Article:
The world needs more sustainable solutions for heating and cooling that reduce energy consumption and CO2 emissions. Part of the solution could come from ‘geoenergy’ or shallow geothermal heating and cooling technologies, which use the Earth as a type of thermal battery.
Related: Energy explained: What is geoenergy?
Cindy Demichel, geoenergy expert and CEO of geoenergy solutions provider, Celsius Energy, breaks down this decarbonized heating and cooling alternative, touching on common misconceptions in the market today and the long-term economic benefits of geoenergy.
To understand how geoenergy works, you need to know a little about how the Earth works. All year round, the soil temperature tens of meters below ground is relatively constant. What this means is the soil temperature is typically warmer than the air temperature in the winter and then cooler during warmer months. Geoenergy installations—which use a ground source heat pump (GSHP)—transfer stored heat from the soil to the surface when it’s cold outside and then reverse the process when it’s hot.
Ground source heat pumps have been around for a long time. Today, there are wide range of GSHP solutions; however, they represent a relatively small percentage of the global thermal comfort market. There are a few reasons for this. One is many building owners, real estate managers or municipalities are simply unaware about the technology and its benefits. There are also misconceptions that the costs of such installations are too high or that they aren’t a feasible option for existing buildings due to the typically large surface footprint requirement.
It really depends on the type of solution you choose. There are several options out there, including closed- and open-loop systems, which require an individual needs-based evaluation. The main benefits, however, are long-term cost savings and carbon footprint reduction. Geoenergy is also locally sourced, which is an increasingly important consideration for building owners and municipalities alike as concerns continue to mount over energy access and energy security, particularly in Europe.
I can’t speak for every geoenergy installation, but I can share Celsius Energy’s results. On a recent installation, we reduced building greenhouse gas emissions by 87.5 percent, energy consumption by 74 percent, and operational costs by 40 percent while covering 100 percent of heating and cooling needs. While upfront costs of geoenergy installations seem higher when compared to traditional heating, ventilation and air conditioning (HVAC) solutions, we expect most of our customers to realize a return on investment within 8–15 years. In addition to being a far more sustainable solution that’s better for our planet, the improved efficiency can also help safeguard from volatility in energy commodity markets. Once connected to geoenergy, a building divides by four its dependence on energy market fluctuations.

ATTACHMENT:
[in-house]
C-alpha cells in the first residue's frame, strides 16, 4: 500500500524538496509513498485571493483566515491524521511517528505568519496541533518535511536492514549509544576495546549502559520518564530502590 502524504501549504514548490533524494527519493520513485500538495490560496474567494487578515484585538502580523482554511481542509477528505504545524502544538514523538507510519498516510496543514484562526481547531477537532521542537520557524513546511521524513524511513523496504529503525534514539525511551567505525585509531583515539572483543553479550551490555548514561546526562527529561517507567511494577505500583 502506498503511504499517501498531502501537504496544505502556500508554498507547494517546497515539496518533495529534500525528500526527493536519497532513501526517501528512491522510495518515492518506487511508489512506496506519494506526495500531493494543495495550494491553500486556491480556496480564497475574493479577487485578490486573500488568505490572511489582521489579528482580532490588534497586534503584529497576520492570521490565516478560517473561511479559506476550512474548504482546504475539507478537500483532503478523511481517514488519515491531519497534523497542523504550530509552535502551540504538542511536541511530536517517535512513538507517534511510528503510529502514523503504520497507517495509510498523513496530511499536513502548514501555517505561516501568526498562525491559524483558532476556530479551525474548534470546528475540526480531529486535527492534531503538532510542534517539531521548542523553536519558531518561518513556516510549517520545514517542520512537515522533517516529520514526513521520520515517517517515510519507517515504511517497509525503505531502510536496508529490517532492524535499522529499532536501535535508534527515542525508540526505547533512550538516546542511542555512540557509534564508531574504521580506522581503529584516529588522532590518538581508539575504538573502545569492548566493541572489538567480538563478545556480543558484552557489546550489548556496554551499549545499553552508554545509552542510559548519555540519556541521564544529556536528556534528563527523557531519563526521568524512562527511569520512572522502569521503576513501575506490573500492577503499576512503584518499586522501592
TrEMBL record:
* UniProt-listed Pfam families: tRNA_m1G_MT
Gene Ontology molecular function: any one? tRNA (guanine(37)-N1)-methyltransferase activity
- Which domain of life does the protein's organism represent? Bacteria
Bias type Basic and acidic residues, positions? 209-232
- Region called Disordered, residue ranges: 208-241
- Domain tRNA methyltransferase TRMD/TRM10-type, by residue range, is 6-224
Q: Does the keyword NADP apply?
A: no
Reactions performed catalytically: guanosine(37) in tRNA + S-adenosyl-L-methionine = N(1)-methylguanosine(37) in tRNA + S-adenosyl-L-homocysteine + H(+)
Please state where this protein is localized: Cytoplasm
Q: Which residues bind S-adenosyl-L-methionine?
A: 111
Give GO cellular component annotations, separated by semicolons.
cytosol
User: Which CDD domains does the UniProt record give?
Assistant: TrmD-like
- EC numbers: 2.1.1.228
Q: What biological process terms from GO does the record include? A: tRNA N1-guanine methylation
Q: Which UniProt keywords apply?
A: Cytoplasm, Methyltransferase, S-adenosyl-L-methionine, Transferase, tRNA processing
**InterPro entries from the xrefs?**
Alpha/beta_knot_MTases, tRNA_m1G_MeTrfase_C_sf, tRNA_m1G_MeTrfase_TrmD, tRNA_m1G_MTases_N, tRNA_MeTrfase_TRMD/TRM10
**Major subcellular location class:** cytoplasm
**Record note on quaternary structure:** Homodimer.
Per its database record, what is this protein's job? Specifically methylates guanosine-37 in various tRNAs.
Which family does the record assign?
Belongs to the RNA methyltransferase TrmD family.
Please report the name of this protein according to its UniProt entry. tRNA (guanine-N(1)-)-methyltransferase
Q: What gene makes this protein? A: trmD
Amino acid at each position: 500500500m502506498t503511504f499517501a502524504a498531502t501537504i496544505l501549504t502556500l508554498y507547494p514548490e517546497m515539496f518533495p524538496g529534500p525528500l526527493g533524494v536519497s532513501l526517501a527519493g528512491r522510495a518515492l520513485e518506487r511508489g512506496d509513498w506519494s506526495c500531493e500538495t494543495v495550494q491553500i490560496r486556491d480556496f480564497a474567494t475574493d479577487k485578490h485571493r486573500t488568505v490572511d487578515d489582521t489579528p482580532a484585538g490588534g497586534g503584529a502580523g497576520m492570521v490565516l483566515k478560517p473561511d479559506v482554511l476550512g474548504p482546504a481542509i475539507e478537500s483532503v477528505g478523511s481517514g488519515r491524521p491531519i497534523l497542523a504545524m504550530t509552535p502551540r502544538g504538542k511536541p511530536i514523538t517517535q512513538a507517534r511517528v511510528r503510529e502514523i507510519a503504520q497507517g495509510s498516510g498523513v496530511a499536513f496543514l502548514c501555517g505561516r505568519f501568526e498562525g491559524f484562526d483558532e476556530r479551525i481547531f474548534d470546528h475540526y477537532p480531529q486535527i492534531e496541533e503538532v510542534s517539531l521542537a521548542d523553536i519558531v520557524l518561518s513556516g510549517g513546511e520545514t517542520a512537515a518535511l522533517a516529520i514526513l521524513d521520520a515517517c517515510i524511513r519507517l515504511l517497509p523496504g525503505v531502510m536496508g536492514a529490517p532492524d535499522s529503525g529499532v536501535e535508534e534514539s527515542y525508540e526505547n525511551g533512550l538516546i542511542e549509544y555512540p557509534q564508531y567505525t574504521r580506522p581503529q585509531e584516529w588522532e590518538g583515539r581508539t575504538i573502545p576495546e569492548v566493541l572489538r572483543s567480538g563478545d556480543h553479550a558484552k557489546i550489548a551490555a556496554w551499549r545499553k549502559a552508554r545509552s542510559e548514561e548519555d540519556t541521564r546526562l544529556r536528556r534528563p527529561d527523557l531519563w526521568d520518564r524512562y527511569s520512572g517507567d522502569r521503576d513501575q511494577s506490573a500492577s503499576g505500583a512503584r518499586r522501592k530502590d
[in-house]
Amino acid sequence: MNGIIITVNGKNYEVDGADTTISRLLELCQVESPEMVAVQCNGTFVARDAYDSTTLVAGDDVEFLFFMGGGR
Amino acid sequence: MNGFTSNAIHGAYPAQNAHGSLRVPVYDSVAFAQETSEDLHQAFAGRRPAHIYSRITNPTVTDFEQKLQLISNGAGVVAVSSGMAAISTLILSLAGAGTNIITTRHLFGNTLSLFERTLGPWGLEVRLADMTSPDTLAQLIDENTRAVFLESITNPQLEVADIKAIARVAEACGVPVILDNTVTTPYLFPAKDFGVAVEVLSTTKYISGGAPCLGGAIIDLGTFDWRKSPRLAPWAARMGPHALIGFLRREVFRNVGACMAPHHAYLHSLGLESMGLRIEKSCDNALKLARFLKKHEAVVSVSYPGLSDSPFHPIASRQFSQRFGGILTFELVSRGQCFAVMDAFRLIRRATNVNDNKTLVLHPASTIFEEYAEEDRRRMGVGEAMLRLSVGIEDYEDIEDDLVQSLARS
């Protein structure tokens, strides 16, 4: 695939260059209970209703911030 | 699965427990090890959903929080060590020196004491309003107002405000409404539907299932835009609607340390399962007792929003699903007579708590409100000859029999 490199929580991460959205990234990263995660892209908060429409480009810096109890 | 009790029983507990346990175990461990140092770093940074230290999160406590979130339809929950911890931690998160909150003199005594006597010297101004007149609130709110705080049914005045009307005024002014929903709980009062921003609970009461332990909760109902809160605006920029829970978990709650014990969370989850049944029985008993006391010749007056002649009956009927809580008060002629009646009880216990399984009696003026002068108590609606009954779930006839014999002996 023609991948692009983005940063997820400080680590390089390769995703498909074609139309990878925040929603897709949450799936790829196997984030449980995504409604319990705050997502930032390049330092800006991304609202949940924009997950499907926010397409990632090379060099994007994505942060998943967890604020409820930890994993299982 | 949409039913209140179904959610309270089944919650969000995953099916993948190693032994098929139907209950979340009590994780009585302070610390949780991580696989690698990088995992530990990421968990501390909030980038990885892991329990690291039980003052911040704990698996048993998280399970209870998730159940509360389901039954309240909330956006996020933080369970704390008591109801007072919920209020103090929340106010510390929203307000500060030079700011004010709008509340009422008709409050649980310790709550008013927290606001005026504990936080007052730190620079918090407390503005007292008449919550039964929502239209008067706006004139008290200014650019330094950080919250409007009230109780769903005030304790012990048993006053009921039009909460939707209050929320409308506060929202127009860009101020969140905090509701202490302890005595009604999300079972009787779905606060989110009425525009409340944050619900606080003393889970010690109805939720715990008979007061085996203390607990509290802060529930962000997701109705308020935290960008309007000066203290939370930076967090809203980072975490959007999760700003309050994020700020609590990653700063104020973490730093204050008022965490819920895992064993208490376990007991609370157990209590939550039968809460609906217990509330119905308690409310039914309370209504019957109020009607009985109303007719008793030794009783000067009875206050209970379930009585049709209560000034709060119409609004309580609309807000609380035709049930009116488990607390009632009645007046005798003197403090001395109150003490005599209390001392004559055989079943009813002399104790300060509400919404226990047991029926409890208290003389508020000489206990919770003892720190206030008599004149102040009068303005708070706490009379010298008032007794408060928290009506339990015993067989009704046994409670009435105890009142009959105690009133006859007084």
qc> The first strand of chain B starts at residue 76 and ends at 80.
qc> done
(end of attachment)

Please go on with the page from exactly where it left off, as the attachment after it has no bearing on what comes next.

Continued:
I would say it’s the installation designs that have evolved the most in recent years. Just a few years ago, geoenergy installations required a large surface footprint requirement. Today, there are several outside-of-the-box installation designs that are changing that. Our solution, for example, uses a pyramid-shaped design that locates the ground heat exchangers at a common surface position but extends them directionally in the subsurface. This results in a permanent surface allocation of less than two standard parking spaces. The small surface footprint preserves available real estate for future construction, enables other construction efforts at the same time and reduces connective piping requirements by up to 70 percent.
Over the years, digital technologies have become more advanced and today you see more companies in this space using digital across their process and in their final installations. We use digital at every step of our process, from dimensioning the future installation to drilling the inclined heat exchangers. Once operational, our solution uses a digital control system to minimize electricity consumption by optimizing the operation of the subsurface. This does a lot to enhance overall system performance and reduce maintenance, which has a significant impact on a building’s total opex costs over its lifetime.
Supportive policies are either in place or on the horizon for end users and decision makers in this space to embrace geoenergy solutions for heating and cooling. Today, the markets we see creating supportive policies are concentrated in Europe and North America, including the U.S. and Canada. I believe very strongly in the power of technology innovation to reduce the impact of climate change on our society. For me, the greatest enablers in this space are advocacy, supportive policies and continuous education. What excites me the most is these solutions exist today. Now it’s time to make these projects happen at scale.